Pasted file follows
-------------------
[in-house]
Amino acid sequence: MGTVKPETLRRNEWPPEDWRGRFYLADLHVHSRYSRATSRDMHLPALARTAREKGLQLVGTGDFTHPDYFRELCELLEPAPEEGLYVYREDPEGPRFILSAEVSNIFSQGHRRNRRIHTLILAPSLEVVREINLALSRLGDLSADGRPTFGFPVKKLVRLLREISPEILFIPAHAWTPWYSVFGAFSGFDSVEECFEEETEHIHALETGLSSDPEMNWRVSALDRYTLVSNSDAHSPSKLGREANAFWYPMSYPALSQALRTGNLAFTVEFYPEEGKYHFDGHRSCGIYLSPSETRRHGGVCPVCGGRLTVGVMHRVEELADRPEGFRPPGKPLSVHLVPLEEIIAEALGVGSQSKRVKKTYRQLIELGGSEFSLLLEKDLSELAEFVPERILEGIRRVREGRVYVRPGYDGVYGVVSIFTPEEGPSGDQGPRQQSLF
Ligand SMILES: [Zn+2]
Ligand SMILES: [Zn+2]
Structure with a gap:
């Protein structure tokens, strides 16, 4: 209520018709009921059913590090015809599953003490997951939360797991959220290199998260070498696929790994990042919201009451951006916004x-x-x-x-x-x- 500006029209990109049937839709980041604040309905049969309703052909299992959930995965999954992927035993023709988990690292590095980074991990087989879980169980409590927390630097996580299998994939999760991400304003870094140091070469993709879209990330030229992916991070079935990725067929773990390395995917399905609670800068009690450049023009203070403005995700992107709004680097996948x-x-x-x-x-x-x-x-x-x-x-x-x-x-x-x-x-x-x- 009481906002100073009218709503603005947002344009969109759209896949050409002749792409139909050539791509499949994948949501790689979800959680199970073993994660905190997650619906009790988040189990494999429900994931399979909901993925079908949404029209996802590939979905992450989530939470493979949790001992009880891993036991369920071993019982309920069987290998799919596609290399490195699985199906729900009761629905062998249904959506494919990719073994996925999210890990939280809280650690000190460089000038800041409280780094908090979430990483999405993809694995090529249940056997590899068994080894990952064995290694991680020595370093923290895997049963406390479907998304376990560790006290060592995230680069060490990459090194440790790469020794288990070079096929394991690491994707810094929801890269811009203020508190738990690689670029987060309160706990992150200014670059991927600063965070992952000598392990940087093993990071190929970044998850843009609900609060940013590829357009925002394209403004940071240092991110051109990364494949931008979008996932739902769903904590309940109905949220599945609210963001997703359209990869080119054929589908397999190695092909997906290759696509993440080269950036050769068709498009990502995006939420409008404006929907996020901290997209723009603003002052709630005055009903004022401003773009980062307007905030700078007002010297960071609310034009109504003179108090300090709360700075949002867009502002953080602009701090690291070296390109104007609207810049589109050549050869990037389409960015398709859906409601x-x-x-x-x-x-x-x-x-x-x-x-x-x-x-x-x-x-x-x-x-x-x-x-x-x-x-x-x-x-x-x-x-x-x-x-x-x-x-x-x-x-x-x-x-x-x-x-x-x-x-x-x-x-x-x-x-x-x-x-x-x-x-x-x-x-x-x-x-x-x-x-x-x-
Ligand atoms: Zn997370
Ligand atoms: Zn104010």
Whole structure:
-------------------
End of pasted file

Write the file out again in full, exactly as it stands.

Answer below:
[in-house]
Amino acid sequence: MGTVKPETLRRNEWPPEDWRGRFYLADLHVHSRYSRATSRDMHLPALARTAREKGLQLVGTGDFTHPDYFRELCELLEPAPEEGLYVYREDPEGPRFILSAEVSNIFSQGHRRNRRIHTLILAPSLEVVREINLALSRLGDLSADGRPTFGFPVKKLVRLLREISPEILFIPAHAWTPWYSVFGAFSGFDSVEECFEEETEHIHALETGLSSDPEMNWRVSALDRYTLVSNSDAHSPSKLGREANAFWYPMSYPALSQALRTGNLAFTVEFYPEEGKYHFDGHRSCGIYLSPSETRRHGGVCPVCGGRLTVGVMHRVEELADRPEGFRPPGKPLSVHLVPLEEIIAEALGVGSQSKRVKKTYRQLIELGGSEFSLLLEKDLSELAEFVPERILEGIRRVREGRVYVRPGYDGVYGVVSIFTPEEGPSGDQGPRQQSLF
Ligand SMILES: [Zn+2]
Ligand SMILES: [Zn+2]
Structure with a gap:
């Protein structure tokens, strides 16, 4: 209520018709009921059913590090015809599953003490997951939360797991959220290199998260070498696929790994990042919201009451951006916004x-x-x-x-x-x- 500006029209990109049937839709980041604040309905049969309703052909299992959930995965999954992927035993023709988990690292590095980074991990087989879980169980409590927390630097996580299998994939999760991400304003870094140091070469993709879209990330030229992916991070079935990725067929773990390395995917399905609670800068009690450049023009203070403005995700992107709004680097996948x-x-x-x-x-x-x-x-x-x-x-x-x-x-x-x-x-x-x- 009481906002100073009218709503603005947002344009969109759209896949050409002749792409139909050539791509499949994948949501790689979800959680199970073993994660905190997650619906009790988040189990494999429900994931399979909901993925079908949404029209996802590939979905992450989530939470493979949790001992009880891993036991369920071993019982309920069987290998799919596609290399490195699985199906729900009761629905062998249904959506494919990719073994996925999210890990939280809280650690000190460089000038800041409280780094908090979430990483999405993809694995090529249940056997590899068994080894990952064995290694991680020595370093923290895997049963406390479907998304376990560790006290060592995230680069060490990459090194440790790469020794288990070079096929394991690491994707810094929801890269811009203020508190738990690689670029987060309160706990992150200014670059991927600063965070992952000598392990940087093993990071190929970044998850843009609900609060940013590829357009925002394209403004940071240092991110051109990364494949931008979008996932739902769903904590309940109905949220599945609210963001997703359209990869080119054929589908397999190695092909997906290759696509993440080269950036050769068709498009990502995006939420409008404006929907996020901290997209723009603003002052709630005055009903004022401003773009980062307007905030700078007002010297960071609310034009109504003179108090300090709360700075949002867009502002953080602009701090690291070296390109104007609207810049589109050549050869990037389409960015398709859906409601x-x-x-x-x-x-x-x-x-x-x-x-x-x-x-x-x-x-x-x-x-x-x-x-x-x-x-x-x-x-x-x-x-x-x-x-x-x-x-x-x-x-x-x-x-x-x-x-x-x-x-x-x-x-x-x-x-x-x-x-x-x-x-x-x-x-x-x-x-x-x-x-x-x-
Ligand atoms: Zn997370
Ligand atoms: Zn104010």
Whole structure: